There is nothing like sitting on a deck, enjoying the view with a favorite food or drink; it can only be made better by location, or height. Wayne Peterson figured this equation out two years ago this fall.
Corn silos dotted the landscape back when dairy farms anchored area agriculture. Many of these silos still exist but live a quiet, lonely life. Wayne grew up on one of these farms which is still home to a concrete corn silo-sitting empty after it once stored corn silage and later grain. The silo lost its roof about fifteen years ago and just seemed like it needed a purpose. Wayne thought he should give that silo something productive to do in life; he would install a deck on top of the silo.
I noticed that Wayne had a very systematic approach to this project. He started by building a very solid system of stairs inside the concrete silo. He even made a template out of foam to figure out the stair risers which he then transferred to plywood which in turn was used throughout the whole project. The stairs reminded me of something inside a huge church steeple. The stairs sit inside the silo, so they do not depend on the outside wall for support. As the steps progressed to the top of the silo, Wayne decided that he would not place the deck on the top of the silo as he didn’t like the idea of the approximate two second fall he would make should he accidentally step over the side. Instead Wayne stopped short of the top which left a nice four- foot wall around the inset deck area. This was a great project until rain collected in the base which created a need for a roof.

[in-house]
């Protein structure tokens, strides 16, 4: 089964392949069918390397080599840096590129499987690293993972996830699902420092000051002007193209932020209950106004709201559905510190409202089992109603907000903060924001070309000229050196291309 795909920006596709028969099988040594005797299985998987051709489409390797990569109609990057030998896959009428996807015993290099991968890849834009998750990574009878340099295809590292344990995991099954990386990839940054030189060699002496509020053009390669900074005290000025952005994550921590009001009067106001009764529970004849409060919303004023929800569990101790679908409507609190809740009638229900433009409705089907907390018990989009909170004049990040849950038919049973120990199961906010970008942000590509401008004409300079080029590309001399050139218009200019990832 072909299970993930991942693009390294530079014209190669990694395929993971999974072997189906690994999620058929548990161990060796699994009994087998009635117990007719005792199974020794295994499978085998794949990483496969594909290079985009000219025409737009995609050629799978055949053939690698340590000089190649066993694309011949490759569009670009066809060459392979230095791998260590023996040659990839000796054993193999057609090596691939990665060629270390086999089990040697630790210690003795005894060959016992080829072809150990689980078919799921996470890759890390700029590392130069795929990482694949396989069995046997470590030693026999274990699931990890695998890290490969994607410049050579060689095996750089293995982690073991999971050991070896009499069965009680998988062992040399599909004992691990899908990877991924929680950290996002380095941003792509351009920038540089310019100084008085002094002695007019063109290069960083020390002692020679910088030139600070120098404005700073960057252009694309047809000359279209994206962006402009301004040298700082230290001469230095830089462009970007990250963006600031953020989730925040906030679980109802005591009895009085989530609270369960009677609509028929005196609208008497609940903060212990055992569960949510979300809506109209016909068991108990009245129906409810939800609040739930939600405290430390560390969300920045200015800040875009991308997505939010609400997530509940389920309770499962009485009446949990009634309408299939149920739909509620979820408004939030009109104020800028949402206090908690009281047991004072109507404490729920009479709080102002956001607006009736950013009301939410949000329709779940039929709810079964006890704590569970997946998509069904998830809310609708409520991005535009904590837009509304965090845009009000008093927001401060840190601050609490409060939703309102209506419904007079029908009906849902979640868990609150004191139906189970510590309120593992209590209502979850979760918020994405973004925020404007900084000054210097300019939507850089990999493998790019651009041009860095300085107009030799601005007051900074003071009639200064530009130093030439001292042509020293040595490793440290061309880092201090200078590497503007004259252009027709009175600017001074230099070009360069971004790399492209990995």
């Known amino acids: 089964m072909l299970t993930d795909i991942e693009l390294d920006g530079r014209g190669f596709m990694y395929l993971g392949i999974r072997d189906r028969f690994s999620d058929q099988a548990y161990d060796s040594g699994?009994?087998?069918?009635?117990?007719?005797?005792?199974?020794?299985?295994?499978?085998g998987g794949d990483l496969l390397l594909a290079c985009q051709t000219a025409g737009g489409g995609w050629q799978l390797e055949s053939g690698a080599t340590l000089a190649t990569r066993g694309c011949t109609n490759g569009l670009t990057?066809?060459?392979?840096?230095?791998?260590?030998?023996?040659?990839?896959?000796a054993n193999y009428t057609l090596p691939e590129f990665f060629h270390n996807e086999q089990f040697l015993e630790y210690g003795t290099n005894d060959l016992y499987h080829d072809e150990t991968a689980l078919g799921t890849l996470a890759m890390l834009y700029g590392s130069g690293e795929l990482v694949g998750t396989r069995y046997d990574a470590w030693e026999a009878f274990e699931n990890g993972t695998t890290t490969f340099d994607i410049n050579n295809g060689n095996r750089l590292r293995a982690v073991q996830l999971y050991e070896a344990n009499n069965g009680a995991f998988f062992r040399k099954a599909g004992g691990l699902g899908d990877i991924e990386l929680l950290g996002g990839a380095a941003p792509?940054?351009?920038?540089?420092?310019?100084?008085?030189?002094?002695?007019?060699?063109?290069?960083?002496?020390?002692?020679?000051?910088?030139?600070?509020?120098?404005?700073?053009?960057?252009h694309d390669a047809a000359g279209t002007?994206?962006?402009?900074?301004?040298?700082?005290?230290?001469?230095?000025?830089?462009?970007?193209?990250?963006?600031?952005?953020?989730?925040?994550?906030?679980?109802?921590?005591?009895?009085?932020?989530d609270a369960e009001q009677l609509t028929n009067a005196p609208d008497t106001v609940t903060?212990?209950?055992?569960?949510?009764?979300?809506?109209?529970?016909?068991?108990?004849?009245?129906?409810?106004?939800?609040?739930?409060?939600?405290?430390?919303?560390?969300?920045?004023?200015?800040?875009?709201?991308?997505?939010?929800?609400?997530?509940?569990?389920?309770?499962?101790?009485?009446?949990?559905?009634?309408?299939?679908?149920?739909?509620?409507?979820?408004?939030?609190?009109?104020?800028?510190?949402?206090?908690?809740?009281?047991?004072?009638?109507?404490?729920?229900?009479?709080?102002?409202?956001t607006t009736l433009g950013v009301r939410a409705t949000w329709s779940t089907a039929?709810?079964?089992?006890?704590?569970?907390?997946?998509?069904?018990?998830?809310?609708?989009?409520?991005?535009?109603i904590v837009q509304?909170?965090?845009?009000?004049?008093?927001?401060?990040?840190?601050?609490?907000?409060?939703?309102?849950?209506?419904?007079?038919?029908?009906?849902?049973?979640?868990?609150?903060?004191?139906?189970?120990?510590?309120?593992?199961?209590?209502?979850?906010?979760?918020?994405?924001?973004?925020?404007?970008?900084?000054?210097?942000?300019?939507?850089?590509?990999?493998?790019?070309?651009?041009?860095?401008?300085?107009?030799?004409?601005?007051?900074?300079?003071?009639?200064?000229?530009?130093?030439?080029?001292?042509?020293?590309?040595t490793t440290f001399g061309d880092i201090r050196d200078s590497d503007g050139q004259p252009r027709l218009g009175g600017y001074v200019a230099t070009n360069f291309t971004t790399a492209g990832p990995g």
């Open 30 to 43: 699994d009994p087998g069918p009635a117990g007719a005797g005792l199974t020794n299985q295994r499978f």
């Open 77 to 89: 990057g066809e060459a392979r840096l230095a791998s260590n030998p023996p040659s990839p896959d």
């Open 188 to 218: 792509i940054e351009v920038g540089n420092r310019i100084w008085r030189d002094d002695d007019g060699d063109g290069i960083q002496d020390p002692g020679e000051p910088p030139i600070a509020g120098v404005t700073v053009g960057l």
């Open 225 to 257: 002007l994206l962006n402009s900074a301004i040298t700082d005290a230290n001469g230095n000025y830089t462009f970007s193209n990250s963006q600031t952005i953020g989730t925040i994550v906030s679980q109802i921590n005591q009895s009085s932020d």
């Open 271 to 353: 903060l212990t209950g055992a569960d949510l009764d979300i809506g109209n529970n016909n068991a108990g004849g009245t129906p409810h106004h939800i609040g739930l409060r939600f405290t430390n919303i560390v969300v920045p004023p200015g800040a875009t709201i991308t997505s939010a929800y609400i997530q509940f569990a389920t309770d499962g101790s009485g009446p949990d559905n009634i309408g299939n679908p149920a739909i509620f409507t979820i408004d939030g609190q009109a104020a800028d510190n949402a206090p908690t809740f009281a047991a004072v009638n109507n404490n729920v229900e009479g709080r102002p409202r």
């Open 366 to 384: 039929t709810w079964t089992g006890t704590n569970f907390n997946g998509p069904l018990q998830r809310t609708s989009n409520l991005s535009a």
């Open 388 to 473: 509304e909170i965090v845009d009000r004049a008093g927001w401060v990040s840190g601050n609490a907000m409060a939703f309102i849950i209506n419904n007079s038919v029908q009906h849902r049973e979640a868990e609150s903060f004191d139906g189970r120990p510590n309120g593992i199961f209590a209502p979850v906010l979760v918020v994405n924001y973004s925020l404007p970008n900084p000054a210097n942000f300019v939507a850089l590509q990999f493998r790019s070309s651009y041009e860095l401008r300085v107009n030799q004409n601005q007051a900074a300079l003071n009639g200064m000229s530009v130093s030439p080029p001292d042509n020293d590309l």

Wayne could have built a roof, but this was a unique project which needed a unique crown. Wayne purchased three small grain bins, one for a silo/deck roof and two for future projects. Wayne and his crew built the sub-structure for the bin on the ground and then hired a crane to lift the whole thing on top of the silo. The top of the structure is 28 feet, so this was new territory for Wayne and the crane operator.
Since construction ended, the deck/silo/grain bin has been a great gathering place for Wayne’s guests. The silo sits on top of a small ridge, so the rest of the world is very visible from the peak. Deer hunting and harvesting are easily viewed locally while fireworks from a distant Seven Clans Casino are clear from this perch.
Wayne also used the old silage room at the base of the silo for a greenhouse. He had plants growing the day I visited him. It seemed to me like everything had a purpose.
I like people like Wayne Peterson. They see an opportunity to fulfill a dream and are willing to do the work to make it reality. Where most people see piles of parts or scrap metal, Wayne sees the building blocks to small castles. Good job, Wayne.